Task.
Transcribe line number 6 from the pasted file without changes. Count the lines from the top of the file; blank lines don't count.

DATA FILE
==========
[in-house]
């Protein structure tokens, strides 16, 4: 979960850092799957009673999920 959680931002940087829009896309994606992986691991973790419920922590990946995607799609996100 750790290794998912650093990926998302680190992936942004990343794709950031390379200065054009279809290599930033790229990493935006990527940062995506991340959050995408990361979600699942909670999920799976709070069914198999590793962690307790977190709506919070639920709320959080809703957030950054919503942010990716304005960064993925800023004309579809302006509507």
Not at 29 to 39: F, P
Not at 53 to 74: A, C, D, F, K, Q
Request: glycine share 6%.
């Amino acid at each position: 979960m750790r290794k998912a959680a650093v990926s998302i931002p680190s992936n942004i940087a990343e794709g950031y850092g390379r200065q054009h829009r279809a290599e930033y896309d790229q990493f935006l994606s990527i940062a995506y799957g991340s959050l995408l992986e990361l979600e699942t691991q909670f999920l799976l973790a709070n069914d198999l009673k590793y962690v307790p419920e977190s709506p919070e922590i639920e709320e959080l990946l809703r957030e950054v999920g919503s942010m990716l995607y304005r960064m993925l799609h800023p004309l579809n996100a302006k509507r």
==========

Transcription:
């Amino acid at each position: 979960m750790r290794k998912a959680a650093v990926s998302i931002p680190s992936n942004i940087a990343e794709g950031y850092g390379r200065q054009h829009r279809a290599e930033y896309d790229q990493f935006l994606s990527i940062a995506y799957g991340s959050l995408l992986e990361l979600e699942t691991q909670f999920l799976l973790a709070n069914d198999l009673k590793y962690v307790p419920e977190s709506p919070e922590i639920e709320e959080l990946l809703r957030e950054v999920g919503s942010m990716l995607y304005r960064m993925l799609h800023p004309l579809n996100a302006k509507r």